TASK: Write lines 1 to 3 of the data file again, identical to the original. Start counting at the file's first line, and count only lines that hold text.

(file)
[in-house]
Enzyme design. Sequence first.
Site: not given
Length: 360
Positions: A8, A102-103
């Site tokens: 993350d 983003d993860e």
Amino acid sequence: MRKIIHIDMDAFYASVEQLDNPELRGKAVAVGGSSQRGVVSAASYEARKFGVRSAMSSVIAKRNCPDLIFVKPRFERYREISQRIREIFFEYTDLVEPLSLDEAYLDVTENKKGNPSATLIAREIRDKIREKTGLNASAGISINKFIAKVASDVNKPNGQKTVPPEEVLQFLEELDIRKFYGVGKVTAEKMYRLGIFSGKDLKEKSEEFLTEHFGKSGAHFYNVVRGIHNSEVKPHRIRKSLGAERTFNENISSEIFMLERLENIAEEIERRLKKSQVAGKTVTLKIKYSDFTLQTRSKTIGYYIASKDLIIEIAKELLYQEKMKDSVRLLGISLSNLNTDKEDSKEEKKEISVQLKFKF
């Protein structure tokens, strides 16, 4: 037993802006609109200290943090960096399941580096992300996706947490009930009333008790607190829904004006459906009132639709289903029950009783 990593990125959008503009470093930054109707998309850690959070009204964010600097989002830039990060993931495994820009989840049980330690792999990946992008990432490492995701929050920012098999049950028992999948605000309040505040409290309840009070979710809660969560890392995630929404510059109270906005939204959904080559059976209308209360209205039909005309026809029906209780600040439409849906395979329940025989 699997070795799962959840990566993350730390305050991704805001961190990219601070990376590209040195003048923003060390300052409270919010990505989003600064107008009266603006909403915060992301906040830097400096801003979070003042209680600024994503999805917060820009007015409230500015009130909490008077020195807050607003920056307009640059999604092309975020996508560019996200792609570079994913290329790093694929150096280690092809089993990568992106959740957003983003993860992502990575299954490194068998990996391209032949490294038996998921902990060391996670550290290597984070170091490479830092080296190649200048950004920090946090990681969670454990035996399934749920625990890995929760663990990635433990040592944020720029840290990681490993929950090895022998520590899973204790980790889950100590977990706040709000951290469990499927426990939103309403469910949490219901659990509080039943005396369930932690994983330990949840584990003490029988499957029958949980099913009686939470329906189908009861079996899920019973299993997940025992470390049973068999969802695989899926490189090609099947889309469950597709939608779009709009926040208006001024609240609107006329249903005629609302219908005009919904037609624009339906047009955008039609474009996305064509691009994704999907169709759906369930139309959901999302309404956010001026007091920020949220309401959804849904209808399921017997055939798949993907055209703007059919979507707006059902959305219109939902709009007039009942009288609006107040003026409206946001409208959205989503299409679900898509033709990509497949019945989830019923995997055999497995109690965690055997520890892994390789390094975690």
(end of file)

[in-house]
Enzyme design. Sequence first.
Site: not given